Innovations in virtual reality and student-led environments capture Minister’s Award of Excellence
Two initiatives from Holland Bloorview Kids Rehabilitation Hospital have won the Minister’s Award of Excellence. Dr. Elaine Biddiss was recognized in the category of Innovation and Entrepreneurship and Drs. Kathryn Parker and Amanda Binns won in the category of Future Proofing Ontario’s Students. Awarded by the Honourable Jill Dunlop, Minister of Colleges and Universities, the Minister’s Award of Excellence highlights the incredible work of professors, instructors, staff and graduate students on campus, in the community and beyond.
Award in Innovation and Entrepreneurship: Accessible virtual reality therapies and interactive spaces for youth in healthcare environments.
Dr. Biddiss holds many titles: associate professor of biomedical engineering at the University of Toronto, director of the PEARL (Possibility Engineering and Research Lab) Lab at Holland Bloorview, and Holland Bloorview’s Children’s Hospital Foundation chair in pediatric rehabilitation. She won a Minister’s Award for her work in accessible virtual reality therapies and interactive spaces for youth in health care environments. Her team at the PEARL Lab conceptualizes, develops, and evaluates innovative technologies that enable kids with disabilities to meaningfully participate in their therapies. Her goal is to increase the fun factor and accessibility for kids, which she says “is a priority that is on par with the therapeutic benefits. They feed into one another—if you engage kids, you get better treatment outcomes.”
Dr. Biddiss developed this work to address a crucial gap she noticed in the clinical space. “Clinicians were struggling to find safe and inclusive opportunities for play. Families and clinicians were trying to use entertainment devices but they weren’t accessible for all kids and they didn’t necessarily do the job of therapy,” she reflects.
Dr. Biddiss hopes that by receiving this award, she can continue to tackle the challenges related to equitable therapeutic access, make more great games for kids, and scale up so her team can develop and test technologies faster to make a difference in more kids’ lives.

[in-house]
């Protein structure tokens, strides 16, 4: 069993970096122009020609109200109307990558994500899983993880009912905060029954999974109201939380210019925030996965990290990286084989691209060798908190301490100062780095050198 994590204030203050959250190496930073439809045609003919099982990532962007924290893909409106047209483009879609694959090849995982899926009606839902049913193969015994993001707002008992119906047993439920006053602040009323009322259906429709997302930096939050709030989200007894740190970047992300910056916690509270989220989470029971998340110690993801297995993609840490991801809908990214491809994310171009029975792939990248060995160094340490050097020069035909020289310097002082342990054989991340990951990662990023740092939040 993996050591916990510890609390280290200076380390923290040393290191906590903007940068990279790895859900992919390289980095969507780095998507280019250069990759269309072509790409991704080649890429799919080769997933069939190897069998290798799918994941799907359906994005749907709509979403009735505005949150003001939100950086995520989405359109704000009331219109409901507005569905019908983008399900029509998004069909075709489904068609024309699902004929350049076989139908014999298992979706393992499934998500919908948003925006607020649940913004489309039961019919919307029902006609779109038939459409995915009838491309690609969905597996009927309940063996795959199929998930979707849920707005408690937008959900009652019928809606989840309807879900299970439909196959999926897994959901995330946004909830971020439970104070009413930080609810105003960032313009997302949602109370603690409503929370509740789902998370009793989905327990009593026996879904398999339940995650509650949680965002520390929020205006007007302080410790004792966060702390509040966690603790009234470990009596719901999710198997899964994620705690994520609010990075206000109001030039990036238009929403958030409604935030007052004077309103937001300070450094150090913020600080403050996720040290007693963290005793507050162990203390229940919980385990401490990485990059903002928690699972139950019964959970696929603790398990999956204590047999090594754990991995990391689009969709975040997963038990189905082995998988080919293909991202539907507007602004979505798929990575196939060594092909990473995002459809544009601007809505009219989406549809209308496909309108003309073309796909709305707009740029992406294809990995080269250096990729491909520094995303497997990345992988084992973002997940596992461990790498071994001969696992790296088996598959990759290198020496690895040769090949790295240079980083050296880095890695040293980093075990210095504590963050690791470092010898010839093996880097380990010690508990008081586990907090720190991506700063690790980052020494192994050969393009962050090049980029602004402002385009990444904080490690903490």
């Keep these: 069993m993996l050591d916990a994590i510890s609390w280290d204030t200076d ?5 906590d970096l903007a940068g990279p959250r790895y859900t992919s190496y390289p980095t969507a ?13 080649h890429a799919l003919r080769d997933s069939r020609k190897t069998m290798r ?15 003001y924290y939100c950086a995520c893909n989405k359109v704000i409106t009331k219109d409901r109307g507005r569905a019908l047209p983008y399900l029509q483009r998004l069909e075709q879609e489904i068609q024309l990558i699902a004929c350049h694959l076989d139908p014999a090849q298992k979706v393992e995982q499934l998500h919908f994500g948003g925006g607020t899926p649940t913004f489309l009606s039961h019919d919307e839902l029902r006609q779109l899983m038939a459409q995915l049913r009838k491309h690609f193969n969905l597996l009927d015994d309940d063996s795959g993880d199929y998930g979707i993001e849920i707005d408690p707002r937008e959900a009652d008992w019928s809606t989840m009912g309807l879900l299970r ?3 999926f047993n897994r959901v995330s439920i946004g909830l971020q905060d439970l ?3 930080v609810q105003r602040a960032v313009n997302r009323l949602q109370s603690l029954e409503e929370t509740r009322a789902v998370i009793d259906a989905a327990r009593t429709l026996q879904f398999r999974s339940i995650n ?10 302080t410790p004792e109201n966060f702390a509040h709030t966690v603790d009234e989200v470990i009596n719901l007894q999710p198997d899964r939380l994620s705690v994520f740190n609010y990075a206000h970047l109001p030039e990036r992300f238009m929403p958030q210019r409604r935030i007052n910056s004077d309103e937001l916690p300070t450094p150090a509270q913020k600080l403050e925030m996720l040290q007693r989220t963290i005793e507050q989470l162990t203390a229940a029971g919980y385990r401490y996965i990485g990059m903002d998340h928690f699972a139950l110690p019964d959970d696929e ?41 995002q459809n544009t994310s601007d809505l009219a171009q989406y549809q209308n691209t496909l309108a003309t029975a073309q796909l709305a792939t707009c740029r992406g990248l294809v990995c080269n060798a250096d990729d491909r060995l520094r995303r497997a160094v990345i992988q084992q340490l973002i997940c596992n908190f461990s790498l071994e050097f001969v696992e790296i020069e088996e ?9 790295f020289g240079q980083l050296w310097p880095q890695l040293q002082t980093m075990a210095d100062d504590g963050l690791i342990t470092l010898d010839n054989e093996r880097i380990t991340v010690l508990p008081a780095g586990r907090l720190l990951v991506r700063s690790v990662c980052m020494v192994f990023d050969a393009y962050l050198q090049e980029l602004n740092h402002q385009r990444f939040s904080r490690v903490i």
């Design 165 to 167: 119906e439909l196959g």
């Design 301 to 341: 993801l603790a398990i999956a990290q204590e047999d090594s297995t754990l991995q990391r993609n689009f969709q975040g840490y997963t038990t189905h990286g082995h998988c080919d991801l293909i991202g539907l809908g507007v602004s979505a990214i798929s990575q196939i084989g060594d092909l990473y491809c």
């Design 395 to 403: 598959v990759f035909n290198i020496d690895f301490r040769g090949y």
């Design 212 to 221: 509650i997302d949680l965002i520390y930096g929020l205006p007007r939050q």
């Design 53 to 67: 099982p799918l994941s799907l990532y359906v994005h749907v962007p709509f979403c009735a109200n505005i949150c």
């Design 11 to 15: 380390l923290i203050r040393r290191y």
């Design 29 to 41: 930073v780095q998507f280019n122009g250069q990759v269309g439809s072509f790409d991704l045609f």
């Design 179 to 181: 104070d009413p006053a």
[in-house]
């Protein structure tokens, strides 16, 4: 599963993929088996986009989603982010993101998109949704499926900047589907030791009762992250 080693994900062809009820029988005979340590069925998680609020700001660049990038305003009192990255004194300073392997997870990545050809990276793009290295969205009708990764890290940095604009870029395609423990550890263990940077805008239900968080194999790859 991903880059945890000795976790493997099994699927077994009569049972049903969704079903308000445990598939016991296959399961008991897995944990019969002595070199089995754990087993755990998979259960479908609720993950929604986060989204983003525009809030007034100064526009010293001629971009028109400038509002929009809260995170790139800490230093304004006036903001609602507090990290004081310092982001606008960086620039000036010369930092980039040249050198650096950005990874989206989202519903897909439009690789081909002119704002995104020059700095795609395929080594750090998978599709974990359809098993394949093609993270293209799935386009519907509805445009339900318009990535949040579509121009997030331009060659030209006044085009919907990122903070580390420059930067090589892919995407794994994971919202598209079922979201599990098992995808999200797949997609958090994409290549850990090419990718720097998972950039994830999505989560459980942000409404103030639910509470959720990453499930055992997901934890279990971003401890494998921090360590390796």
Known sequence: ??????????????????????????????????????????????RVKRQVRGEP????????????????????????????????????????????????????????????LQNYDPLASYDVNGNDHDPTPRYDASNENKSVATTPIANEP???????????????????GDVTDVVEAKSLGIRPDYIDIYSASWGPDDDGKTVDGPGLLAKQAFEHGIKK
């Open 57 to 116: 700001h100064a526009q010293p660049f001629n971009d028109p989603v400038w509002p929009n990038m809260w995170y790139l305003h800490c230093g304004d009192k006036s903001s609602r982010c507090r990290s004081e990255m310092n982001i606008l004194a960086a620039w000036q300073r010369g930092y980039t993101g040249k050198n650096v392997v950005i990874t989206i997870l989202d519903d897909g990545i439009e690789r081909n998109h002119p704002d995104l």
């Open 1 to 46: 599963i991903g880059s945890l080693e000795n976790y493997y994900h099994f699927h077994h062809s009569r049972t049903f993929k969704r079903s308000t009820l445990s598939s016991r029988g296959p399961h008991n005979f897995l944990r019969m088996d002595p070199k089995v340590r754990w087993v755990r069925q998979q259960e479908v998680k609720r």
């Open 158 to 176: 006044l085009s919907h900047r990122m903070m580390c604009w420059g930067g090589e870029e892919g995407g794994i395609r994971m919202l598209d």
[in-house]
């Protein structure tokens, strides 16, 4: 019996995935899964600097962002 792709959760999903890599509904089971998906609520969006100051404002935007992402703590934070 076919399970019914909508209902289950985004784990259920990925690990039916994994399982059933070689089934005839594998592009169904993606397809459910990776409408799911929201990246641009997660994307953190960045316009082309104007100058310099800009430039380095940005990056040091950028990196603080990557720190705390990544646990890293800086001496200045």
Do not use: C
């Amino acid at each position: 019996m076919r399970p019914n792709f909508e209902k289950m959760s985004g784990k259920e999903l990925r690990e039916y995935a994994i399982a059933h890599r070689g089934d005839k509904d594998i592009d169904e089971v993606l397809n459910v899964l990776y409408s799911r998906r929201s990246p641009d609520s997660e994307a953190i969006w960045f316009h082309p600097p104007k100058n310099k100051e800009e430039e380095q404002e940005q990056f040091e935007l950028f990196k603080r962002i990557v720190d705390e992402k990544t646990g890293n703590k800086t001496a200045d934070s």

“It’s such an honour to receive this award but it’s also humbling. While I’m being distinguished, I have the most amazing team that makes these innovations possible. Working with the Holland Bloorview families, clinicians, and other researchers fosters such a community of innovation.”
Award in Future-Proofing Ontario’s Students: Student-Led Environments to Deliver Virtual Autism Supports for Wait-times (SLED-VAST)
Student-Led Environments (SLEs) are an innovative educational model that provide an opportunity to fill identified gaps in healthcare systems and foster students’ inter-professional capacities and collaborative leadership. Holland Bloorview has multiple SLEs led by Dr. Kathryn Parker and members of the Teaching & Learning Institute. The Teaching and Learning Institute is the engine to help support the education of the next generation of health professionals in childhood disability at Holland Bloorview by exploring innovative models of clinical education. The goal of the SLED-VAST SLE, co-led by Dr. Parker, is to build capacity in the next generation of clinicians who will be supporting children and families within the Ontario Autism Program. Students involved in SLED-VAST are working to develop strengths-based clinical tools and training that will make the autism early identification process more efficient and compassionate. The training they develop will be delivered virtually to clinicians in northern Ontario communities. They are also working to increase social inclusion by developing a curriculum for delivery in northern Ontario schools to support learning about neurodiversity.
Dr. Binns, the SLED-VAST clinical manager and co-lead, emphasizes that this win was a collaborative effort.
“Our goal is that SLED-VAST provides a context for students to integrate all forms of knowledge—clinical practice, research, experiential, and education science; thus, cultivating the next generation of compassionate, critically reflective, and knowledgeable clinicians.”
Dr. Binns adds that the enthusiasm, leadership, and creativity of the students has allowed for new and better innovations. SLED-VAST prepares students to enter the workforce by providing real-world training, while simultaneously addressing workplace practice gaps and improving the experiences of families and autistic individuals in Northern Ontario communities.
Gunjan Seth, a family-as-faculty educator at Holland Bloorview, adds that “in Northern Ontario, there are a lot of barriers. Everything takes a lot of time, even just to meet a professional. Receiving a diagnosis is a process, and receiving support is another process. That’s why this project is so important to help families in this context.”
Through the SLED-VAST principles and a transformative approach to education, the team is learning together, co-creating solutions to address identified gaps, and valuing experiential knowledge as equally important to research and clinical knowledge to ground and contextualize learning.
Seth adds: “Receiving this recognition is incredible and will hopefully provide more funding and raise awareness of the necessity of these programs, thereby bridging gaps in the system.”
Congratulations to Dr. Biddiss, Dr. Parker, Dr. Binns and the SLED-VAST team on these well-deserved recognitions for their important work.